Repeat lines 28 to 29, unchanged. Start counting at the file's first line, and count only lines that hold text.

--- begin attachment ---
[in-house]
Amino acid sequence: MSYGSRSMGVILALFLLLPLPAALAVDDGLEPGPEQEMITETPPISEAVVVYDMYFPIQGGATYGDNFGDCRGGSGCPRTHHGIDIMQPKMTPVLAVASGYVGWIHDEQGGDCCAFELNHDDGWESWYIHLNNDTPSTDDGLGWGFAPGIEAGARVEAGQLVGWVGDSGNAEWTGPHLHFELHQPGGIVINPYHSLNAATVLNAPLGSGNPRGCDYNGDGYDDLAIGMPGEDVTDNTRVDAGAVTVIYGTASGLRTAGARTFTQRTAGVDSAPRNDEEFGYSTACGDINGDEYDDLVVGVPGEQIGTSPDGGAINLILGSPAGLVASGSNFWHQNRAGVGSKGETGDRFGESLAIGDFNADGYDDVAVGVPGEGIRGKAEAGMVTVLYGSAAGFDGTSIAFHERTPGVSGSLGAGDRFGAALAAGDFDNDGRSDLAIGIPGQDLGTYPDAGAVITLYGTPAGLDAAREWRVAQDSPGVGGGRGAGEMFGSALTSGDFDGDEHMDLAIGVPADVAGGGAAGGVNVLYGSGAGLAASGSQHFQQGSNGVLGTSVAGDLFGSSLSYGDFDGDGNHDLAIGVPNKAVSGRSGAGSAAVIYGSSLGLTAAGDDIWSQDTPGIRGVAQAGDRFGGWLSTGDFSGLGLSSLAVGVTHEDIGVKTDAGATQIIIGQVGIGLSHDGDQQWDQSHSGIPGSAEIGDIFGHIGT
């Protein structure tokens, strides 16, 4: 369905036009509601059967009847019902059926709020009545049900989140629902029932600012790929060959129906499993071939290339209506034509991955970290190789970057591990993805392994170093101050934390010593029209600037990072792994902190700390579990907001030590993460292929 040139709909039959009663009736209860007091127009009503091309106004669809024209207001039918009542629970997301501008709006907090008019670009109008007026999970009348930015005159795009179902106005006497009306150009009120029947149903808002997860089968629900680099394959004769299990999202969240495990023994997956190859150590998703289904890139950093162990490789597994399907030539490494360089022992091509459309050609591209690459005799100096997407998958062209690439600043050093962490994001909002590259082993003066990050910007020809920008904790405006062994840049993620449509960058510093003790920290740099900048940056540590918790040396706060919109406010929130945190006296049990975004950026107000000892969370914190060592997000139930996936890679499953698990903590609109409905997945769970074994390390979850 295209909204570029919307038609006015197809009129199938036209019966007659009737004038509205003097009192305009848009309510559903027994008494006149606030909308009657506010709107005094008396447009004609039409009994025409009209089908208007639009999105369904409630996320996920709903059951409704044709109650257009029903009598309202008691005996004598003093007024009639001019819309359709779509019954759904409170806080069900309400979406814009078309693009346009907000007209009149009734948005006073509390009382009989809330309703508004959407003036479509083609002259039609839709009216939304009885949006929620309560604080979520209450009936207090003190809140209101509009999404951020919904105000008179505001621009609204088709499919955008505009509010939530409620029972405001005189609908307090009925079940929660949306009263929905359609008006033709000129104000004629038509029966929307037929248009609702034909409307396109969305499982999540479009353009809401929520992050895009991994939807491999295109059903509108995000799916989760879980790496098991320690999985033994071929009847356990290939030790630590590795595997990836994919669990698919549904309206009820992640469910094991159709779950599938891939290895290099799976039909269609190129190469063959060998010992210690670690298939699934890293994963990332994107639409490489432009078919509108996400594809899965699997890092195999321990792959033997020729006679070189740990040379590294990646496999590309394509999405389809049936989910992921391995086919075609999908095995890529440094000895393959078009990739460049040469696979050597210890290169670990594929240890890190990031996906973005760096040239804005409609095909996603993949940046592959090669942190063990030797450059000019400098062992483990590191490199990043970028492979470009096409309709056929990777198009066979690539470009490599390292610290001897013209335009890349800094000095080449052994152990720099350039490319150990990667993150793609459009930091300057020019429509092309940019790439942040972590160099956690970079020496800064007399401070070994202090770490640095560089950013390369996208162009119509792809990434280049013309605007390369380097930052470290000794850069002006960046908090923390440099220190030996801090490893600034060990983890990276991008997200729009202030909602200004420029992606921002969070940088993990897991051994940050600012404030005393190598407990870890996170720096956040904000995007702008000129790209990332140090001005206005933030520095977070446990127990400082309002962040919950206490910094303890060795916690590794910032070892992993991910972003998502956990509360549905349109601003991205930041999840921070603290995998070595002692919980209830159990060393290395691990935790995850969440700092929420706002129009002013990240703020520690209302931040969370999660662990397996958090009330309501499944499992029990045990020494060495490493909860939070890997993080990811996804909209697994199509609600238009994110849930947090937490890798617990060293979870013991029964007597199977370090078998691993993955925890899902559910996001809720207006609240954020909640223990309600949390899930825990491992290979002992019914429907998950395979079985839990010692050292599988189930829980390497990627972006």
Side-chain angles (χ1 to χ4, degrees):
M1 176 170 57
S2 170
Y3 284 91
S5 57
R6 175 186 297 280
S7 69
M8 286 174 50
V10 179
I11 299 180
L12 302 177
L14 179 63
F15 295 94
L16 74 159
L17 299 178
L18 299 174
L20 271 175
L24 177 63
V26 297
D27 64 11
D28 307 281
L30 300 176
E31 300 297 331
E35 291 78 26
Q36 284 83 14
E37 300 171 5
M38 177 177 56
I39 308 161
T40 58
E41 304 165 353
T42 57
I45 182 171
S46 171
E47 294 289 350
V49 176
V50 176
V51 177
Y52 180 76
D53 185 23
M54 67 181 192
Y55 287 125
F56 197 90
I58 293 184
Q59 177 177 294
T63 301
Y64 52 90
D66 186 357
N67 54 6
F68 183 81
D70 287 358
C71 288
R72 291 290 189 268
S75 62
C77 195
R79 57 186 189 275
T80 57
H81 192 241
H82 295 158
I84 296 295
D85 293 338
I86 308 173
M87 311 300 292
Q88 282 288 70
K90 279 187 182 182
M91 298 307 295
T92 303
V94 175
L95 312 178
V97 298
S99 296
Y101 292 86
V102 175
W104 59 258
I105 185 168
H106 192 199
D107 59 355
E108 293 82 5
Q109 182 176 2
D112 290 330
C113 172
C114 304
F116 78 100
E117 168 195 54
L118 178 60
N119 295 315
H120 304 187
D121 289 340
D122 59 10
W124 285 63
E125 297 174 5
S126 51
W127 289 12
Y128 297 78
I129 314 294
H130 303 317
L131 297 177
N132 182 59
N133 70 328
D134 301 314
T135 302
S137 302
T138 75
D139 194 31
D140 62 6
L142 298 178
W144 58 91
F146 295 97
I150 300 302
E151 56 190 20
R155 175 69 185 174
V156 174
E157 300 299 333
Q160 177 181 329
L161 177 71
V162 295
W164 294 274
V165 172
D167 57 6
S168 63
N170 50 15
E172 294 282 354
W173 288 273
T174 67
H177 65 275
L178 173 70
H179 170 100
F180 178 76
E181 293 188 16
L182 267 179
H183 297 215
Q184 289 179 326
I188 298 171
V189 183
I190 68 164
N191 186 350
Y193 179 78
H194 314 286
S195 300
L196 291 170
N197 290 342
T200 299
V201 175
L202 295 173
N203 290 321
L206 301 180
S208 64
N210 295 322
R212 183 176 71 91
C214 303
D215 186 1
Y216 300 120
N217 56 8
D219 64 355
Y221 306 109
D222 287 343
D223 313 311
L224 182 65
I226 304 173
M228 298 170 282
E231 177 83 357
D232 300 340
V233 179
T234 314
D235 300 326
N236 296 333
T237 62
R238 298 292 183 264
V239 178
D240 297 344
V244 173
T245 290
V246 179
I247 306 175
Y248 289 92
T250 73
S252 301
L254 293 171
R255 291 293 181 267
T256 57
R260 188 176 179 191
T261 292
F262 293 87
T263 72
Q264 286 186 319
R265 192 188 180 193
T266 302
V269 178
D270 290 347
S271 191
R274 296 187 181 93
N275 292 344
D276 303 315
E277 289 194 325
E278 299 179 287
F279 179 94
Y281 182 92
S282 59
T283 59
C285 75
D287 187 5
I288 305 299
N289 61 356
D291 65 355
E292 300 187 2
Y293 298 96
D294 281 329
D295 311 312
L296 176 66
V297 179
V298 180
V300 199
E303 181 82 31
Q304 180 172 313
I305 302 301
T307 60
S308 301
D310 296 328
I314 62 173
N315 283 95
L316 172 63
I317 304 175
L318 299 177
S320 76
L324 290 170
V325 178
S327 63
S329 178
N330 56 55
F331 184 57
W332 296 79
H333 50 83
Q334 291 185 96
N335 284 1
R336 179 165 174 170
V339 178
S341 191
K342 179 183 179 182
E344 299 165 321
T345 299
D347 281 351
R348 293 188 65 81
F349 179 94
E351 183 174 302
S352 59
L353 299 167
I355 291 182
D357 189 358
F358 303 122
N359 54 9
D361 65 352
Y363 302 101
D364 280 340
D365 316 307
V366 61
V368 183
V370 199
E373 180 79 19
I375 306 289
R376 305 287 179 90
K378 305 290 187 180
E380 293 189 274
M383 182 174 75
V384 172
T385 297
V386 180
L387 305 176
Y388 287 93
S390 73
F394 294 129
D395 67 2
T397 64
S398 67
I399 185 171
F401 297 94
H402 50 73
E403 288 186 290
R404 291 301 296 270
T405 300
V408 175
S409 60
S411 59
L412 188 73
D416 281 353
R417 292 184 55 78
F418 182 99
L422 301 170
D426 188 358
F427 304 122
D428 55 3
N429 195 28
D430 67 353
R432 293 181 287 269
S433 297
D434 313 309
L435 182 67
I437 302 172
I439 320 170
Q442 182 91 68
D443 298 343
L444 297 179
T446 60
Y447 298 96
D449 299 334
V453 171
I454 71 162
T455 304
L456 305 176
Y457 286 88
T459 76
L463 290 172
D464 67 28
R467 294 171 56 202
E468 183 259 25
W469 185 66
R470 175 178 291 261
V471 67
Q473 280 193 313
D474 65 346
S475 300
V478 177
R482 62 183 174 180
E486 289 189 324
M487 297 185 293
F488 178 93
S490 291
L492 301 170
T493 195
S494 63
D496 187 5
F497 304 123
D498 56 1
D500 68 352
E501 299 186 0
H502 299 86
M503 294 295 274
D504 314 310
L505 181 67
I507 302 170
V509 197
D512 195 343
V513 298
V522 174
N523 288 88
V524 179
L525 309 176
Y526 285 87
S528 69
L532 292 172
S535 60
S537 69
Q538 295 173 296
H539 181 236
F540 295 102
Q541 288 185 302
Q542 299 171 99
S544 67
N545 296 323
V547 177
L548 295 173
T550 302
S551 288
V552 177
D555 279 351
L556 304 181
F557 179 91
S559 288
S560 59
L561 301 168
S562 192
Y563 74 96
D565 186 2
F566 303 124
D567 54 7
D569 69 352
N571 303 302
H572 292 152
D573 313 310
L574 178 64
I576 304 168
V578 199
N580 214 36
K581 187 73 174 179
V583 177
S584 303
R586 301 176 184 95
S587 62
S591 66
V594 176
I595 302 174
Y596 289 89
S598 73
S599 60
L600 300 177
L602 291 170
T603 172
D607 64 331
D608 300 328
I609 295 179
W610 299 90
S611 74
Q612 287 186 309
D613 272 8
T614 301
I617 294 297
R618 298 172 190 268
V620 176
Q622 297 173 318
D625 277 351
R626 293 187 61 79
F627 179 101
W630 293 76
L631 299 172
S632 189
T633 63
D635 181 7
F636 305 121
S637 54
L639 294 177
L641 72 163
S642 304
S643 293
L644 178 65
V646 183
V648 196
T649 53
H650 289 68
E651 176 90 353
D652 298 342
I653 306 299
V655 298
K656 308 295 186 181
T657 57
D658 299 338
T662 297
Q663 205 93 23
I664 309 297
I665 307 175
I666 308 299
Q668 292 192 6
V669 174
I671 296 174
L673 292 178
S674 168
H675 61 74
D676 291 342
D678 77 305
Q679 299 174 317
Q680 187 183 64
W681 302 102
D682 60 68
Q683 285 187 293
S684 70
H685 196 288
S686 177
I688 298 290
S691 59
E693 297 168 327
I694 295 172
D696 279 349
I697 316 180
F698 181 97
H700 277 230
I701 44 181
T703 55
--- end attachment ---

Q36 284 83 14
E37 300 171 5